From the point of view of crop area statistics, the States and Union Territories can be classified into three broad groups:
a)      The first category comprises what is called as temporary settled states. The temporary settled states include Andhra Pradesh, Assam (excluding hill districts), Bihar, Chatisgarh, Goa, Gujarat, Haryana, Himachal Pradesh, Jammu and Kashmir, Jharkhand, Karnataka, Madhya Pradesh, Maharashtra, Punjab, Rajasthan, Tamil Nadu, Telangana, Uttaranchal and Uttar Pradesh, and the five Union Territories of Chandigarh, Dadra and Nagar Haveli, Daman and Diu, Delhi and Pondicherry. These states are cadastrally surveyed and having a primary reporting agency for collecting the statistics of crop area. In these states, crop area statistics are being collected by complete enumuration method. The primary worker called Patwari is responsible for collection of Agriculture Statistics in the state. The Agriculture Statistics is coillected through field inspection during each of the agriculture aseason. This exercise is kown as “Girdawari”. The register in which area is recorded is known as “Khasra Register”.
b)      The second category includes states like West Bengal, Prissa and parts of Kerala. These three states are called permanantly settled states. These states are cadastrally surveyed but they do not have primary reporting agency. Area statistics in these states are compiled by sample survey approach through a scheme entitled “Establishment for an Agency for Reporting of Agriculture Statistics” (EARAS) by the regular reporting agency. Every year a sample of 20% villages is selected and the selected villages are completely enumerated for the purpose of reporting crop area statistics. Next year a fresh sample of 20% villages is selected and data collected. Thus, all te villages in the respective state are covered in five years.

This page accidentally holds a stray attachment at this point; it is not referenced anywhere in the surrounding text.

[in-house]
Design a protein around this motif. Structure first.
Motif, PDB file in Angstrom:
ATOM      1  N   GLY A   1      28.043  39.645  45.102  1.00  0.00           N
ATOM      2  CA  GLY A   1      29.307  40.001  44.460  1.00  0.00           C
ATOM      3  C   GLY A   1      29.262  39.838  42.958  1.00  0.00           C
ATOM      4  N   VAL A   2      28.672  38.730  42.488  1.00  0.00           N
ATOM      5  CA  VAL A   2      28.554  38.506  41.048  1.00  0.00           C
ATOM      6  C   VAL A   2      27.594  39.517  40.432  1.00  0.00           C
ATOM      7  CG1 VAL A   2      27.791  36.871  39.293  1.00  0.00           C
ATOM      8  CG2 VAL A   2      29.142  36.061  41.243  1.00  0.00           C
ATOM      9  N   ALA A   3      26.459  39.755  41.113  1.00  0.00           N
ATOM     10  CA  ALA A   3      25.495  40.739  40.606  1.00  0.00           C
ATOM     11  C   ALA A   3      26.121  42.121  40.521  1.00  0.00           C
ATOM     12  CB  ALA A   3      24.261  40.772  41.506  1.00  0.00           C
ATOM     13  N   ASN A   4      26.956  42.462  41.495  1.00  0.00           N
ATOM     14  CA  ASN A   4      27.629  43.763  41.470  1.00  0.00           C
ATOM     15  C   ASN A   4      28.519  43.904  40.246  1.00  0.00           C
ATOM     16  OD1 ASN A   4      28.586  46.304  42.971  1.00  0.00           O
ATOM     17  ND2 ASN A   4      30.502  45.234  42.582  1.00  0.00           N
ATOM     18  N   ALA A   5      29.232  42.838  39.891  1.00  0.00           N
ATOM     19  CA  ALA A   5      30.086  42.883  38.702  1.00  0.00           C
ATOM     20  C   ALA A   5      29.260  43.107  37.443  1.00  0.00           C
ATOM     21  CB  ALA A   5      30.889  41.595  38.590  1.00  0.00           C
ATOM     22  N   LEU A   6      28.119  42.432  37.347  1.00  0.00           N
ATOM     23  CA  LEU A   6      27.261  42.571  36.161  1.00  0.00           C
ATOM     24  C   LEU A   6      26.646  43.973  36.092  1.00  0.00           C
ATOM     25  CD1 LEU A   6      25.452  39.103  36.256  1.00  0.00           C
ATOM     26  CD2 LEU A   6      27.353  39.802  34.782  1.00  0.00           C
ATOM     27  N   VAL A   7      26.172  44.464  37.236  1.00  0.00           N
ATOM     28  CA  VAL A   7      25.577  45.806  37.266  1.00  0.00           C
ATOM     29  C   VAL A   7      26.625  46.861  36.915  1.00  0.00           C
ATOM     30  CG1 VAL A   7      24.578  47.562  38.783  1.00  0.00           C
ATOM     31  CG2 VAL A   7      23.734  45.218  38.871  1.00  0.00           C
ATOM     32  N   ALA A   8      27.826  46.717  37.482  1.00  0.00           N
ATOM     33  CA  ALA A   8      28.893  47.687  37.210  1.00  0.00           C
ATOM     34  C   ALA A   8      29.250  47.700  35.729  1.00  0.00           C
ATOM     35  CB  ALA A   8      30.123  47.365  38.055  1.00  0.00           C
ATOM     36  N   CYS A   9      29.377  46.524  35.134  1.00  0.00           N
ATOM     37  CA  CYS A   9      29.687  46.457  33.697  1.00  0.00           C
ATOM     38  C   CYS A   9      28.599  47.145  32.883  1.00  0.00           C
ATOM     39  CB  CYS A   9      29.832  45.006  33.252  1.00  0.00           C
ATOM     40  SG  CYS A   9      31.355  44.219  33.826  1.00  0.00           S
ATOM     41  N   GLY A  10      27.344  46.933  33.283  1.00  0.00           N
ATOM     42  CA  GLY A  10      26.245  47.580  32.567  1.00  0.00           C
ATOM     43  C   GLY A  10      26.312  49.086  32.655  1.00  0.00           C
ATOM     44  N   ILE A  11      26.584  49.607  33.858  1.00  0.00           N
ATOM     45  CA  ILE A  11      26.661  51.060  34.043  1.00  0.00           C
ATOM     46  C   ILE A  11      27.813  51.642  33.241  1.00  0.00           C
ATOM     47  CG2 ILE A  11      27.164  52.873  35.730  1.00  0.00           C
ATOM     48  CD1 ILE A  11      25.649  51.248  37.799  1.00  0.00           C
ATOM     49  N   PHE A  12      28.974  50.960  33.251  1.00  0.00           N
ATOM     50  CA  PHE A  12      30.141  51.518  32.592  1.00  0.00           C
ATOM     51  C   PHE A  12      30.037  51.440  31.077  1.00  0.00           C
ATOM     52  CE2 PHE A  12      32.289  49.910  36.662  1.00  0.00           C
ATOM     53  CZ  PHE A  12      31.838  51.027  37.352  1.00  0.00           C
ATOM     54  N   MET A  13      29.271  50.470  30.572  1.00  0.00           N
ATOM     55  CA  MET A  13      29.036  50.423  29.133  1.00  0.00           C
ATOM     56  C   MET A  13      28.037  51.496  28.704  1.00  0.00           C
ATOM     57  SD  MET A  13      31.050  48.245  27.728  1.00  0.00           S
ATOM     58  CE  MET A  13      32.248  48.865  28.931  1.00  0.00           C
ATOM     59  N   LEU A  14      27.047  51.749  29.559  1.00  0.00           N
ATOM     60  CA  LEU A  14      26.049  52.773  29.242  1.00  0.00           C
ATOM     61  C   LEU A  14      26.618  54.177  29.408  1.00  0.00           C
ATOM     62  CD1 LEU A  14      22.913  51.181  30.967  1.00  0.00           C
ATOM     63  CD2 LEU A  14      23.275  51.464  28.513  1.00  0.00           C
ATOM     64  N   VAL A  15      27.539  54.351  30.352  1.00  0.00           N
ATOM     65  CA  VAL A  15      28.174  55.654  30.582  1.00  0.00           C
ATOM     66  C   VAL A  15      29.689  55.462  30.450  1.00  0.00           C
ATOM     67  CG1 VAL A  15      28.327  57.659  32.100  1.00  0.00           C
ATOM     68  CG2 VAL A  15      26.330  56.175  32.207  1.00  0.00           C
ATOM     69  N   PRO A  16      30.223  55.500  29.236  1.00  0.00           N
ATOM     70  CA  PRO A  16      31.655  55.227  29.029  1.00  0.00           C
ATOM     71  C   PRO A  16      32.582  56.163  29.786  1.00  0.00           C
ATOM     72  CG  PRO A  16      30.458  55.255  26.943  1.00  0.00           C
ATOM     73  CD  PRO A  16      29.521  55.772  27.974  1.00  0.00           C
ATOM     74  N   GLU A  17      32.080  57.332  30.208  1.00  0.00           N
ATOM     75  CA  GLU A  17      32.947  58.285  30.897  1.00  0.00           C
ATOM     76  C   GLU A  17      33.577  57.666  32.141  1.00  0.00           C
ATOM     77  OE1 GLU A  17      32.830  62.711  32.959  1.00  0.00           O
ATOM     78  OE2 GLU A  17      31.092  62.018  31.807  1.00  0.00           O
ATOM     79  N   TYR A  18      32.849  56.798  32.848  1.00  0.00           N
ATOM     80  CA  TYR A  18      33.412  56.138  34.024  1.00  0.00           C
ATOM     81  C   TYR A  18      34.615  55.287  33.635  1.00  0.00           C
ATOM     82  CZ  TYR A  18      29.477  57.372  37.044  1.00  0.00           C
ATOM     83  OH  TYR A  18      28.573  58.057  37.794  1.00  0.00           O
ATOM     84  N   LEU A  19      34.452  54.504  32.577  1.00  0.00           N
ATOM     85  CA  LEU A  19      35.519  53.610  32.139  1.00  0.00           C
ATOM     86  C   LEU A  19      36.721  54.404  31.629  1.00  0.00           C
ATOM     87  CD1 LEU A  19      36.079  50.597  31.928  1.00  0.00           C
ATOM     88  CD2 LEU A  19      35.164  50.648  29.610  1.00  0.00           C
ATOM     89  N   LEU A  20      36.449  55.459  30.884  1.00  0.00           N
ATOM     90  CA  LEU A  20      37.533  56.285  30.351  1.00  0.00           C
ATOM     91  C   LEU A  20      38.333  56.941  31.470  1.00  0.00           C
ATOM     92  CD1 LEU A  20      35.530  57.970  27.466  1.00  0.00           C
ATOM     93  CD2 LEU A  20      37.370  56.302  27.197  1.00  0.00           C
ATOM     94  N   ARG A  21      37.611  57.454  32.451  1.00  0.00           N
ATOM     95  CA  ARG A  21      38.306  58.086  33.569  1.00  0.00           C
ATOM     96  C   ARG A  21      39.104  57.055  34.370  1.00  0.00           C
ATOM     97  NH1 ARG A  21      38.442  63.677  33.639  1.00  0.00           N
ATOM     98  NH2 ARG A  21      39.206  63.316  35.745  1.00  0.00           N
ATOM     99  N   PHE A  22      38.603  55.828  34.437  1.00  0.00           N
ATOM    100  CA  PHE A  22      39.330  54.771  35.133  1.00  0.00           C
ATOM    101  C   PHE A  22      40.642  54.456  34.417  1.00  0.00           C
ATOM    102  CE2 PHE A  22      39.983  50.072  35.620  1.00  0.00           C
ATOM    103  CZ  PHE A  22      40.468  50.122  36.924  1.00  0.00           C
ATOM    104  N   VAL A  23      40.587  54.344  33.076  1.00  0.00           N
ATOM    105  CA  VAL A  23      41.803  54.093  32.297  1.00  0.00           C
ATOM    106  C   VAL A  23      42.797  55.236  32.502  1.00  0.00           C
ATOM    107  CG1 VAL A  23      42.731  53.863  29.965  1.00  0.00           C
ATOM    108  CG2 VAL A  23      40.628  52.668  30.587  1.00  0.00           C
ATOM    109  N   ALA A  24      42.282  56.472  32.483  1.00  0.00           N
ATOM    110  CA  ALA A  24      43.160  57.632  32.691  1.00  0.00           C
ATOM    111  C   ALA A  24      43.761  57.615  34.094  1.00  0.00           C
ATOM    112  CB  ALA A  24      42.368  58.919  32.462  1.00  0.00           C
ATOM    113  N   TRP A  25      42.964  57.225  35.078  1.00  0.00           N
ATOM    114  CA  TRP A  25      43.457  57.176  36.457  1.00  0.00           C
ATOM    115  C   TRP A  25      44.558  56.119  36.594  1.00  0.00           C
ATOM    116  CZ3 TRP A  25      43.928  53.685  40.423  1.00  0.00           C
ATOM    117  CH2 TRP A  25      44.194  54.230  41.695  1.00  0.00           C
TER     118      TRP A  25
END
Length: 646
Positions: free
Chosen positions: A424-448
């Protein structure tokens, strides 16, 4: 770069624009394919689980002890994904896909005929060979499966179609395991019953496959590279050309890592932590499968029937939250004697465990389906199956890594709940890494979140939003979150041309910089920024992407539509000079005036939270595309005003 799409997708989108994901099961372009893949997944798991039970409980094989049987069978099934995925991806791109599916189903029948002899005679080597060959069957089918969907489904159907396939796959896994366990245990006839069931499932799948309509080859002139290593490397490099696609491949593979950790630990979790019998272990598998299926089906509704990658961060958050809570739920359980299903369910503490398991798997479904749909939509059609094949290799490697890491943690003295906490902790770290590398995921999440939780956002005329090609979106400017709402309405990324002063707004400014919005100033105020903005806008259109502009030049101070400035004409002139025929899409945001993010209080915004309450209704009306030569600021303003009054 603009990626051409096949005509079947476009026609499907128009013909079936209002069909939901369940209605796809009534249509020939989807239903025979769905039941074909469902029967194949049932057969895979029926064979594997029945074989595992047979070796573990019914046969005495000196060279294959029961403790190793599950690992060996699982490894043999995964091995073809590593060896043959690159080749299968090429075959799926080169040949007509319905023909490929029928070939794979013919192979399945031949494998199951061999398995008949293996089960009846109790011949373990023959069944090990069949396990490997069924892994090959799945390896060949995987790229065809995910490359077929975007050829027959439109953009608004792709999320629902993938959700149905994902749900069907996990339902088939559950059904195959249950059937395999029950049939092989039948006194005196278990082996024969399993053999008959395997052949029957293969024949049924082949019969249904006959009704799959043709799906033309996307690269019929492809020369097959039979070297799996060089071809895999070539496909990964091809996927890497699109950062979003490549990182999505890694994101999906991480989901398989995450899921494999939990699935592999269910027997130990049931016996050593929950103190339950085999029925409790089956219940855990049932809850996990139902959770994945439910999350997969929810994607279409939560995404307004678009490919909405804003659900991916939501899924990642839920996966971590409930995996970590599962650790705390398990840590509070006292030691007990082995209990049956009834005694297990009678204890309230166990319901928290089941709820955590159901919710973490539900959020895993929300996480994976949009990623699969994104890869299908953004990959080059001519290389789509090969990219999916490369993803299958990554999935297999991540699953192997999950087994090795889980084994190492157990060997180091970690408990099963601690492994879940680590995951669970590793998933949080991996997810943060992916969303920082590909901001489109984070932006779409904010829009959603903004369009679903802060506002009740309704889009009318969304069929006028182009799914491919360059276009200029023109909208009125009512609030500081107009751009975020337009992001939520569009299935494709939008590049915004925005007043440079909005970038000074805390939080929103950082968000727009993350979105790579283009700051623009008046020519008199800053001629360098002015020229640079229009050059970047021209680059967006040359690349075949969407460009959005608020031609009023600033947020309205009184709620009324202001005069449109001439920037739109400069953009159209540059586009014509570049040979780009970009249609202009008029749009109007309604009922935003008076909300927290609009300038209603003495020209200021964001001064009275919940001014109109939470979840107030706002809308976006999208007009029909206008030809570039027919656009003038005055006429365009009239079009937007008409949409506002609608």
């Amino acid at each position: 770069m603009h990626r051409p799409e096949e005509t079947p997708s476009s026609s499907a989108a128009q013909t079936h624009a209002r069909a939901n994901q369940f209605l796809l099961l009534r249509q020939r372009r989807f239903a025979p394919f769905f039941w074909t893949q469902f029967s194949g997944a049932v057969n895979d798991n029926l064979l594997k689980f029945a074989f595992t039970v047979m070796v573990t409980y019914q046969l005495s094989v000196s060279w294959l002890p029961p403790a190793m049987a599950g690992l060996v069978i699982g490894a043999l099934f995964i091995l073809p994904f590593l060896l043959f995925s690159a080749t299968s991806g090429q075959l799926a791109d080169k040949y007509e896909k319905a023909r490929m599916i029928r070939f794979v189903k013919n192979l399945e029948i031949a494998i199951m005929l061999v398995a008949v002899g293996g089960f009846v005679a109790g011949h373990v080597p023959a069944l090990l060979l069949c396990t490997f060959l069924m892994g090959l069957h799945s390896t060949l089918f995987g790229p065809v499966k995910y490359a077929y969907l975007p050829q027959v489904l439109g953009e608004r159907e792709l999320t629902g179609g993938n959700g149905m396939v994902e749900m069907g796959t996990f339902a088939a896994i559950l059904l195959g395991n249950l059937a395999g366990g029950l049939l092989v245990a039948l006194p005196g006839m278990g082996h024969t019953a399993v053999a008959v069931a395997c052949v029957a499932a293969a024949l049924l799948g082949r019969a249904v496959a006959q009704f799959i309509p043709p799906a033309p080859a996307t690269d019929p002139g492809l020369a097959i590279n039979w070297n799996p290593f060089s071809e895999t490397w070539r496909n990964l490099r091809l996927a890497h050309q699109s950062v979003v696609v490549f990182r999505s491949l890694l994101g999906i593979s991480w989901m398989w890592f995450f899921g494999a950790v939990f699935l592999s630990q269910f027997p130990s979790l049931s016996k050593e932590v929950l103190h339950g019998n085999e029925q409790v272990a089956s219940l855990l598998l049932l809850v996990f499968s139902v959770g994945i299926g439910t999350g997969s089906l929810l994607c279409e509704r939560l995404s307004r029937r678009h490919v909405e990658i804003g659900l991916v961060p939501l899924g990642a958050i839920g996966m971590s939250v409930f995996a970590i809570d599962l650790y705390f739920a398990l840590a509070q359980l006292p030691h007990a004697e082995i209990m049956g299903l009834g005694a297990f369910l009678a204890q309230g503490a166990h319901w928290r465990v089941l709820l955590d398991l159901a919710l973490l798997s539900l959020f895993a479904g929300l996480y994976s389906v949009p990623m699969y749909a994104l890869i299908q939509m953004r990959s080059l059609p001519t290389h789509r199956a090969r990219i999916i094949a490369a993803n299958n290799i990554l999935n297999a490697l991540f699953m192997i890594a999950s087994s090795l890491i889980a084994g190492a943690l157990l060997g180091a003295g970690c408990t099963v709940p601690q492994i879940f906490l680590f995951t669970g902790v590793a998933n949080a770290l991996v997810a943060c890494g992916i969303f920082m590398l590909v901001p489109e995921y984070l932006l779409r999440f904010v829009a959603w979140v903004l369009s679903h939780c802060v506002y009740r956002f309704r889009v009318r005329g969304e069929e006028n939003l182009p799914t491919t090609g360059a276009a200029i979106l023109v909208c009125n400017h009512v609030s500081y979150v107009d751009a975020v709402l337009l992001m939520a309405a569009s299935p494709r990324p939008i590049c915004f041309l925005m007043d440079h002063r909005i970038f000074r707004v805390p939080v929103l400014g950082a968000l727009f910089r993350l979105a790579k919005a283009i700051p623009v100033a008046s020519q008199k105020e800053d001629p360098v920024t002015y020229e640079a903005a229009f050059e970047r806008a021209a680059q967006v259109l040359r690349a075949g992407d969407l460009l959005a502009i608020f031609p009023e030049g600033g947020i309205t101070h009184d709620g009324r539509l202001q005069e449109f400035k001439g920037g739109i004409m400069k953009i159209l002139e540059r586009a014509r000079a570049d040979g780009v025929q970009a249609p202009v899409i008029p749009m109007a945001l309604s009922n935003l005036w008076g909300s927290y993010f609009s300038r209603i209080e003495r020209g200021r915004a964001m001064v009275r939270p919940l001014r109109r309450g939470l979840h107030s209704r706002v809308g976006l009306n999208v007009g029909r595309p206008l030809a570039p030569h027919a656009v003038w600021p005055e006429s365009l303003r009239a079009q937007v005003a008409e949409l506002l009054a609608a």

c)      The area estimates in the remaining areas of the country i.e., NEH regiona (except Assam) are not based on any systematic approach. Here, the statistics of land records are collected on a sample basis. The revenue/agriculture officer collects the information on the basis of his personal belief and knowledge.
The crop yield estimation in the country is carried out on the basis of sample survey approach. The estimates of yield rates are obtained on the basis of scientifically designed Crop Cutting Experiments (CCE) conducted under a scheme of the Directorate of Economics and Statistics, Ministry of Agriculture (DESMOA) entitled “General Crop Estimation Surveys” (GCES).
Crop area statistics of the temporarily settled areas are comprehensive, being based on the complete enumeration method. They are considered fairly reliable because of the patwari's intimate knowledge of local agriculture and his ready availability in the village.  However, due to an increasing range of functions assigned to the patwari, the girdawari tended to receive low priority. Hence, it was observed that a high degree of negligence in carrying out the girdawari, thereby casting doubt on the reliability of crop area statistics. It is a matter of concern that this has continued on for many years evidently with the knowledge and indulgence of the higher-level officials of the State departments of revenue and land records.
Another deficiency of crop area statistics is that with the development and modernisation of agriculture, several new short duration crops are grown. Although the patwari is required to undertake intermediate crop inspection between the two major kharif and rabi seasons, this does not appear to be done regularly. Even if short duration crops like vegetables, flowers, mushroom, etc. are covered during the crop inspection, they are not listed separately in the final crop abstract but clubbed together under “other crops”.
Current status in crop production
Estimates of crop production are obtained by multiplying the area under crop and the yield rate. The yield rate estimates are based on scientifically designed crop cutting experiments conducted under the General Crop Estimation Survey  (GCES).  The GCES covers around 68 crops (52 food and 16 non-food) in 22 States and 4 Union Territories.  Around 5,00,000 experiments are conducted every year with the help of State revenue and agricultural staff of a rank higher than the primary field staff of the departments.  The survey design adopted is that of a stratified three stage random sampling with tehsil or taluka as the stratum, a village as the first stage unit, a field growing the specified crop as the second stage unit and a plot, usually 5m x 5m, as the ultimate unit. The experiment consists of marking the plot and harvesting and weighing the produce from the plot. These weights form the basic data for yield estimation. The number of experiments and their distribution over the strata are made in a manner to be able to obtain the yield rate estimates with a fair degree of precision at the level of the State and each major crop-growing district.